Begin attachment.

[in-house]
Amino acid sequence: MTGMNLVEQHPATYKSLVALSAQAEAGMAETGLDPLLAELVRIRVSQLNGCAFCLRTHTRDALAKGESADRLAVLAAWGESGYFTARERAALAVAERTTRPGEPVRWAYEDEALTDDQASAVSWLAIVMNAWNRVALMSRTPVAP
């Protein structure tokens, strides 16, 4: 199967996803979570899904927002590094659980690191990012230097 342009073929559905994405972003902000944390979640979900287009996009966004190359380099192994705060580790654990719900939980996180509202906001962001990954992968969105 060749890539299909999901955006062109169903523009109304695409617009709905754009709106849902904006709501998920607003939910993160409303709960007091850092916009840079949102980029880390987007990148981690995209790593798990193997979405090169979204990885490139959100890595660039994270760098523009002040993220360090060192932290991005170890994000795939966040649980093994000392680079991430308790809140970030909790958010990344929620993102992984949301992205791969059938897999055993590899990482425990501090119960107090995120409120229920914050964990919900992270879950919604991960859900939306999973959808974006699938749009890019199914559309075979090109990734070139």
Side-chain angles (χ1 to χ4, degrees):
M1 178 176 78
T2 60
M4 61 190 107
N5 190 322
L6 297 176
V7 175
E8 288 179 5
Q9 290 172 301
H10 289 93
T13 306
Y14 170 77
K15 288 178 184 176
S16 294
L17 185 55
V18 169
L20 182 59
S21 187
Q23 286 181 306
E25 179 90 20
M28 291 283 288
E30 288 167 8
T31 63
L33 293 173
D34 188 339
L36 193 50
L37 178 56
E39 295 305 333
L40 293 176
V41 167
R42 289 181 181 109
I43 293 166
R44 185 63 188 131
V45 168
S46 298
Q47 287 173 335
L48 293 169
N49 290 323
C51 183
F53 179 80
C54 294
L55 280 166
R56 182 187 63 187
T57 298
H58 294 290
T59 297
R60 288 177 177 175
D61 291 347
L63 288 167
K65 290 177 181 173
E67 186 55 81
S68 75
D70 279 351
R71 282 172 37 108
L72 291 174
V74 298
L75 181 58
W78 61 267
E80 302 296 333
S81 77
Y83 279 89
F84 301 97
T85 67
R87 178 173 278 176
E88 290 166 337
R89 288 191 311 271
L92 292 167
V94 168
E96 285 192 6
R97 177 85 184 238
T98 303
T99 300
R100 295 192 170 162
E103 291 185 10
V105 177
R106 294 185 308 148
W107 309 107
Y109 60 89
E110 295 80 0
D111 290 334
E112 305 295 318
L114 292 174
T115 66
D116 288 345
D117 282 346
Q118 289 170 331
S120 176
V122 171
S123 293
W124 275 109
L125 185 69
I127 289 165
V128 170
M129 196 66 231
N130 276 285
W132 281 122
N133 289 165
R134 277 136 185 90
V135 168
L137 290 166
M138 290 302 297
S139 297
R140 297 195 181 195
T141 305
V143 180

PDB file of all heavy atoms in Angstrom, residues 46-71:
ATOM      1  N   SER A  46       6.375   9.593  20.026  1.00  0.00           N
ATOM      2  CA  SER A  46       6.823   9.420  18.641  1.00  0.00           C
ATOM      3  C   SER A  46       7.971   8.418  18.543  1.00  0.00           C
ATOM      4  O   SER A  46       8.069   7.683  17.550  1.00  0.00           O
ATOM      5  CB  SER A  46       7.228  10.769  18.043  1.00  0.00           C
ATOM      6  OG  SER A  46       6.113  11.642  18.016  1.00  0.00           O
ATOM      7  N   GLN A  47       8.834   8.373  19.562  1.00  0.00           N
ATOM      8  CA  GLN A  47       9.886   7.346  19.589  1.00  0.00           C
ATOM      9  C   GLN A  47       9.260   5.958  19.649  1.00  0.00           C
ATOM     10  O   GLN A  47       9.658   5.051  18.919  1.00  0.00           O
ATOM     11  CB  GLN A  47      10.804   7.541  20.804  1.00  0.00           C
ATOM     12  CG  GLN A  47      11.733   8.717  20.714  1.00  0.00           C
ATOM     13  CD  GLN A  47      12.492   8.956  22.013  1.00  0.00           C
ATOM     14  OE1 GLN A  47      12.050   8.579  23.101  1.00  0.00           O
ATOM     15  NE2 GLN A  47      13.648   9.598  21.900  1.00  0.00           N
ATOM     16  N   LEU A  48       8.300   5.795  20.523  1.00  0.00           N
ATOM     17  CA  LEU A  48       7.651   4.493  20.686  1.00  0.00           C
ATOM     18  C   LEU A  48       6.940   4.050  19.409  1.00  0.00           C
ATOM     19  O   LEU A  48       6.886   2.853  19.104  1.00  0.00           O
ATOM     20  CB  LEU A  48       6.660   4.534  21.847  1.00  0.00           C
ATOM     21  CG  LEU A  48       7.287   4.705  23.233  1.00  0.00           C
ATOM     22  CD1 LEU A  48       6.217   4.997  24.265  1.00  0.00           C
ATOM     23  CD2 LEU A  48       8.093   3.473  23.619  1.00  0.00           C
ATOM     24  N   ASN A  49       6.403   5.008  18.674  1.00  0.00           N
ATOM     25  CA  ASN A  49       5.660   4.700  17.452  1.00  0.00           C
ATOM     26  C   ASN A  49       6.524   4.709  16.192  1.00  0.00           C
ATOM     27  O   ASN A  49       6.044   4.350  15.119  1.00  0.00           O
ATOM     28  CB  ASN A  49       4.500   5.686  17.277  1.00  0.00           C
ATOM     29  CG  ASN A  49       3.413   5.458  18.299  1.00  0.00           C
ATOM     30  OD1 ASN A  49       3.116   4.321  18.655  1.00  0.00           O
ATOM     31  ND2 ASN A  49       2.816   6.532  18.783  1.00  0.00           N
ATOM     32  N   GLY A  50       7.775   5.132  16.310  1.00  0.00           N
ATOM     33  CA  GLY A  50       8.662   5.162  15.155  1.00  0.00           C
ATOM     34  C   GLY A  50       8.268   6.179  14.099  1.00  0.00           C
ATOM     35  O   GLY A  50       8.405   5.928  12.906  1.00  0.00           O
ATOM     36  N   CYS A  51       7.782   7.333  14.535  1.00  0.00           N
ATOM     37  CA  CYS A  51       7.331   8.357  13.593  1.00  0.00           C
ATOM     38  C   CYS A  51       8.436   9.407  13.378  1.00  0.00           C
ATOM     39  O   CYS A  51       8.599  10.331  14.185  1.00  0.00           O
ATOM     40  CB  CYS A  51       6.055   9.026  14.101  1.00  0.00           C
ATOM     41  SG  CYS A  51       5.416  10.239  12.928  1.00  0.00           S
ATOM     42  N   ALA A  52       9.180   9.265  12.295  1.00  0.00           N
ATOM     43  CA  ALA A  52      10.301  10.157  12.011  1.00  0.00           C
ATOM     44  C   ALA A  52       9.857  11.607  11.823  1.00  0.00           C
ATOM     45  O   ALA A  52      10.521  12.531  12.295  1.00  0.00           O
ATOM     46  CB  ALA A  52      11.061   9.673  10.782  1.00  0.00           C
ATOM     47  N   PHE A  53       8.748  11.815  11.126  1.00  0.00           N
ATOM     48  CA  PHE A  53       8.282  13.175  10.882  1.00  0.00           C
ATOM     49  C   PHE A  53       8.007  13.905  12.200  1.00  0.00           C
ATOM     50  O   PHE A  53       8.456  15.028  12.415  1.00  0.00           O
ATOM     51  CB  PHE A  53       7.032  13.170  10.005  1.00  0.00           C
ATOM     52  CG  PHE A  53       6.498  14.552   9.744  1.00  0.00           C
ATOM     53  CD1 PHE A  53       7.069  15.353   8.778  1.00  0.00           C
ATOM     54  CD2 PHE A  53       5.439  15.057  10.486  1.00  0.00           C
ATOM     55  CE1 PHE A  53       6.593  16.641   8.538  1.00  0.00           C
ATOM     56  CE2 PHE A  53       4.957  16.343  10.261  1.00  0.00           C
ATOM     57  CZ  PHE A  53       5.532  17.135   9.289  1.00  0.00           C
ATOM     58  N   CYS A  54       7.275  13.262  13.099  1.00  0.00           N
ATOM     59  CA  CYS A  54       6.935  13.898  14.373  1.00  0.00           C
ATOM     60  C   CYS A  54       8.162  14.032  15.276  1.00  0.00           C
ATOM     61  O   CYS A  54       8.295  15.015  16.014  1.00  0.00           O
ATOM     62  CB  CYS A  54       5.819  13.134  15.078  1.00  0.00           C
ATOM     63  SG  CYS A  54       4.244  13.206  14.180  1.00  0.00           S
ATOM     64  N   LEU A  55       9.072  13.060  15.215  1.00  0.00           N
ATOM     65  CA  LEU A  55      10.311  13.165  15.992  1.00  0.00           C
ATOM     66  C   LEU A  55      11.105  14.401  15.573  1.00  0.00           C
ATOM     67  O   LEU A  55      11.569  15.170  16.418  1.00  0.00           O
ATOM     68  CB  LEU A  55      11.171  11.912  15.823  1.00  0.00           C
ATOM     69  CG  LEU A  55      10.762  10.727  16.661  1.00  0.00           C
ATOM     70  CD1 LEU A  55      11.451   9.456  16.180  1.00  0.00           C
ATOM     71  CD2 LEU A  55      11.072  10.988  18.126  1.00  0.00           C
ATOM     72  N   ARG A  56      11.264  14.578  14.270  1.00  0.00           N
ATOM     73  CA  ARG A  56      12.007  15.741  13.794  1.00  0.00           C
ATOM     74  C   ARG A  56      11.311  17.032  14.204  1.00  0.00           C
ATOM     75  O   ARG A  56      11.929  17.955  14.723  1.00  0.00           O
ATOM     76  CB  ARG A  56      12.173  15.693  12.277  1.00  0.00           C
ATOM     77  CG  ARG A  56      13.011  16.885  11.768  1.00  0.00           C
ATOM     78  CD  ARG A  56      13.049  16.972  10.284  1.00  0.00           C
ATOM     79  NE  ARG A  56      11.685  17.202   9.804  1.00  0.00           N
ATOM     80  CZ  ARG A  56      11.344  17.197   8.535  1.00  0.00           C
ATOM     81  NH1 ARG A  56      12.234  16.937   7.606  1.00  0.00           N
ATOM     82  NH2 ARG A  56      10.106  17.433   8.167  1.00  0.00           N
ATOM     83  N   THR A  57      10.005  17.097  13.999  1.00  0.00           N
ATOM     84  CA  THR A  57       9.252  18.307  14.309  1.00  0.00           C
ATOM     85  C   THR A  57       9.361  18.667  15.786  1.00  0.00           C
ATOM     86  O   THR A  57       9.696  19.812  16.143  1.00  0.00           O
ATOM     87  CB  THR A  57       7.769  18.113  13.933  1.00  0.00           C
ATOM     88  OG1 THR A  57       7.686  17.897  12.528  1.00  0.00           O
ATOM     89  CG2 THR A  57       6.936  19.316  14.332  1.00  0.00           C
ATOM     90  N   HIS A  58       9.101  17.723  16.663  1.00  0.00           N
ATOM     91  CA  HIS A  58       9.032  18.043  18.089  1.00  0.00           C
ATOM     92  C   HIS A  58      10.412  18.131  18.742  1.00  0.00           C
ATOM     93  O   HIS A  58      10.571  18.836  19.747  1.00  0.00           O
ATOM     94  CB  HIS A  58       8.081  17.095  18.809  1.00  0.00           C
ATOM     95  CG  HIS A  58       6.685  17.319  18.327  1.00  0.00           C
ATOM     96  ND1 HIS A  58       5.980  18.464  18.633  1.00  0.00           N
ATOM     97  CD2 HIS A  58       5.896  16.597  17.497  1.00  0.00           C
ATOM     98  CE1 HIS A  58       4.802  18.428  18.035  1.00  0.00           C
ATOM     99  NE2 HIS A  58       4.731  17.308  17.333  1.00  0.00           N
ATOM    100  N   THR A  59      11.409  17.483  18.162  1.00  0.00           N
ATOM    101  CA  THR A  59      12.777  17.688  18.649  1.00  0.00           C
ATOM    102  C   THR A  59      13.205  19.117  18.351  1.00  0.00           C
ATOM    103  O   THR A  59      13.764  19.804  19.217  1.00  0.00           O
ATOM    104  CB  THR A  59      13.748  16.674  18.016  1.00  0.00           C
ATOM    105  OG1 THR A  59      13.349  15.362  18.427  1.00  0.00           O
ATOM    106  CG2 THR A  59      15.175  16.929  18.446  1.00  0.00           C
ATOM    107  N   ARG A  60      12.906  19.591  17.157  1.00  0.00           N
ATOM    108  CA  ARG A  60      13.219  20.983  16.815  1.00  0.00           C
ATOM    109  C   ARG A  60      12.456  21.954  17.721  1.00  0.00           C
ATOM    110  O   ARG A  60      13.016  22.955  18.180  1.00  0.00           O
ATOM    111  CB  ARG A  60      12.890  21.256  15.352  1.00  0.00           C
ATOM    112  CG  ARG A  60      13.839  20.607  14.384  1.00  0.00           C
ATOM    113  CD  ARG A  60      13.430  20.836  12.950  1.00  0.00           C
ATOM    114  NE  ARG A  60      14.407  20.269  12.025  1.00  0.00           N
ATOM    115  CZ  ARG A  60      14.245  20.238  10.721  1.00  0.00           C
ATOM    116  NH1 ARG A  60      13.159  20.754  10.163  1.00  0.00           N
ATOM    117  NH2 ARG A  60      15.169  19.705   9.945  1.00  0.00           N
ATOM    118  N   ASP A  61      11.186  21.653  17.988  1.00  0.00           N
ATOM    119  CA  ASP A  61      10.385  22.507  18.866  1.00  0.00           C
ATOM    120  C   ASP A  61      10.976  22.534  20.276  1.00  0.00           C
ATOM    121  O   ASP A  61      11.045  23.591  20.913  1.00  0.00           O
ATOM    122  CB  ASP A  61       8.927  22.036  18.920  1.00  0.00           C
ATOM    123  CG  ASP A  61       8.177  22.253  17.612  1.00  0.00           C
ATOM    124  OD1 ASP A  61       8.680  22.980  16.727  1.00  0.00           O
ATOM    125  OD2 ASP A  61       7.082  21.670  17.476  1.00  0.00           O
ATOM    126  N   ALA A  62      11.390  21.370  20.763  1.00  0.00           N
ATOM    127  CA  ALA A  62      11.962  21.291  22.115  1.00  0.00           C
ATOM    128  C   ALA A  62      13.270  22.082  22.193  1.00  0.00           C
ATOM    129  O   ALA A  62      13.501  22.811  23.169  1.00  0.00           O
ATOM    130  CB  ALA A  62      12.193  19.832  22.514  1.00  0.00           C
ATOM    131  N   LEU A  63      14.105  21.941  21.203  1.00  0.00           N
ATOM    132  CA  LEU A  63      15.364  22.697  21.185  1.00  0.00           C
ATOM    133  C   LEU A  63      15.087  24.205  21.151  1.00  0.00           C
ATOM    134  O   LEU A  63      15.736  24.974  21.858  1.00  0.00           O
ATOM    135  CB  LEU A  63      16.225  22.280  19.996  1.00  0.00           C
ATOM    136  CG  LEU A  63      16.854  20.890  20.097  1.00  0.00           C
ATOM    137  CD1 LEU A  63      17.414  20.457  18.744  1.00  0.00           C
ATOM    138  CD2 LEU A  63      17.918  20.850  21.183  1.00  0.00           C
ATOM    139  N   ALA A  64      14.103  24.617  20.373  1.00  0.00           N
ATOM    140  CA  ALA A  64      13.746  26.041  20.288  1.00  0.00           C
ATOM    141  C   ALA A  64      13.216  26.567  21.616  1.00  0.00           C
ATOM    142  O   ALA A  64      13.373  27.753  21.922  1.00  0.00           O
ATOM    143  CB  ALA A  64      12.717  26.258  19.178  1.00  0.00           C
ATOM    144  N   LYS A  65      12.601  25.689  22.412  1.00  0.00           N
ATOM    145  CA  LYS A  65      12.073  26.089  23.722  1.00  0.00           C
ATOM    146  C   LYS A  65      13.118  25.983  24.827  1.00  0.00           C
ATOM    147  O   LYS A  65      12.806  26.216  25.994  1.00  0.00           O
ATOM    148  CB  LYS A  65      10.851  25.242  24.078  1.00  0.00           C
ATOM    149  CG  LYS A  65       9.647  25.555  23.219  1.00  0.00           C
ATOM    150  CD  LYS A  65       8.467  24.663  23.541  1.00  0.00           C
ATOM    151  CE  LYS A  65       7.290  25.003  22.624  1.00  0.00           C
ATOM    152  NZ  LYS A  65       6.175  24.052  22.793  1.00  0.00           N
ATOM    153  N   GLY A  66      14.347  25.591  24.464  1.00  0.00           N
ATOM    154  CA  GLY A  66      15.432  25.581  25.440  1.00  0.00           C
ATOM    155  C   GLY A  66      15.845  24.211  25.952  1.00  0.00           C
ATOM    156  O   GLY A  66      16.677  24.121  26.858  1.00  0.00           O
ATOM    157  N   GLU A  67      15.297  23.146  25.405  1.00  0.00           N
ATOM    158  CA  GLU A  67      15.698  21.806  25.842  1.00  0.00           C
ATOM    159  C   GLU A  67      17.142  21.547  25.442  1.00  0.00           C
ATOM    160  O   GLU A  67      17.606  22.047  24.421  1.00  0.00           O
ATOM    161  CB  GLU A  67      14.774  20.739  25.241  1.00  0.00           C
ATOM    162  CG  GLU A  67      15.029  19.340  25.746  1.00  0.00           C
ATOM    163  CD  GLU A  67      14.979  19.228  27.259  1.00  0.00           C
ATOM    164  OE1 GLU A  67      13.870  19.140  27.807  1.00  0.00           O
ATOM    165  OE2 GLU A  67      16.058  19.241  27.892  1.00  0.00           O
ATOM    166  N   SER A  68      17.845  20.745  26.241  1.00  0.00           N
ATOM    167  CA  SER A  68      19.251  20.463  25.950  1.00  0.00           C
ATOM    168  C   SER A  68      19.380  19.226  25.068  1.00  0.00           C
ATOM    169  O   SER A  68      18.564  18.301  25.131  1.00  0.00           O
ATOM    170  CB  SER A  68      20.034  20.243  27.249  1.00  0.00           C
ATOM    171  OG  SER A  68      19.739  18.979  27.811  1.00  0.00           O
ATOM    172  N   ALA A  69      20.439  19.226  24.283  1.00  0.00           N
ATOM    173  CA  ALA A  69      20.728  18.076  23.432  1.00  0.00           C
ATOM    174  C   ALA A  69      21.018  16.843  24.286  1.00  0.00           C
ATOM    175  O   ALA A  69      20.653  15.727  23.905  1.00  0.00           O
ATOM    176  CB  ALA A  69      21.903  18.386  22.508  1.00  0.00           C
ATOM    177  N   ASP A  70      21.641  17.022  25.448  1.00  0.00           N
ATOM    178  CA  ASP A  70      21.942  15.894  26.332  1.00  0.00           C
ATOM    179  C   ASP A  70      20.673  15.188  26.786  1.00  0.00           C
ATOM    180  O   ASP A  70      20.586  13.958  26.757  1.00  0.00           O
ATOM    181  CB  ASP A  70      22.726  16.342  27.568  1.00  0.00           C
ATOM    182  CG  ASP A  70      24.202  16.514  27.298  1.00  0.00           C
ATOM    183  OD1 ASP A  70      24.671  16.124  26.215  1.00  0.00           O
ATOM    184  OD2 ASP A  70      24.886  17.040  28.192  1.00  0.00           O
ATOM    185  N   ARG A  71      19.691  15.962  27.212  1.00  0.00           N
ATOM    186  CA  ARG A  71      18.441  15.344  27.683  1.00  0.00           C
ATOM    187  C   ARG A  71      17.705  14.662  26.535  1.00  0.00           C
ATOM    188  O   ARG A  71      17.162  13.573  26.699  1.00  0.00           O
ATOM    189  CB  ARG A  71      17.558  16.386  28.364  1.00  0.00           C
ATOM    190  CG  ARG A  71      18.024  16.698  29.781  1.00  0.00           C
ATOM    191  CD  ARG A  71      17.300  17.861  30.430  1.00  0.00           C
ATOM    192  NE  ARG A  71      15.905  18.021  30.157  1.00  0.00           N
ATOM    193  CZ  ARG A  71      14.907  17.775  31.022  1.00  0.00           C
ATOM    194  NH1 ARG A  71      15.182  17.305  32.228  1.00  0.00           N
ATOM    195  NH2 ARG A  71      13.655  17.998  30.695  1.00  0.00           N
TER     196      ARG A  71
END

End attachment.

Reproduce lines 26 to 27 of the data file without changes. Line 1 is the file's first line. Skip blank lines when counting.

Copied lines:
T31 63
L33 293 173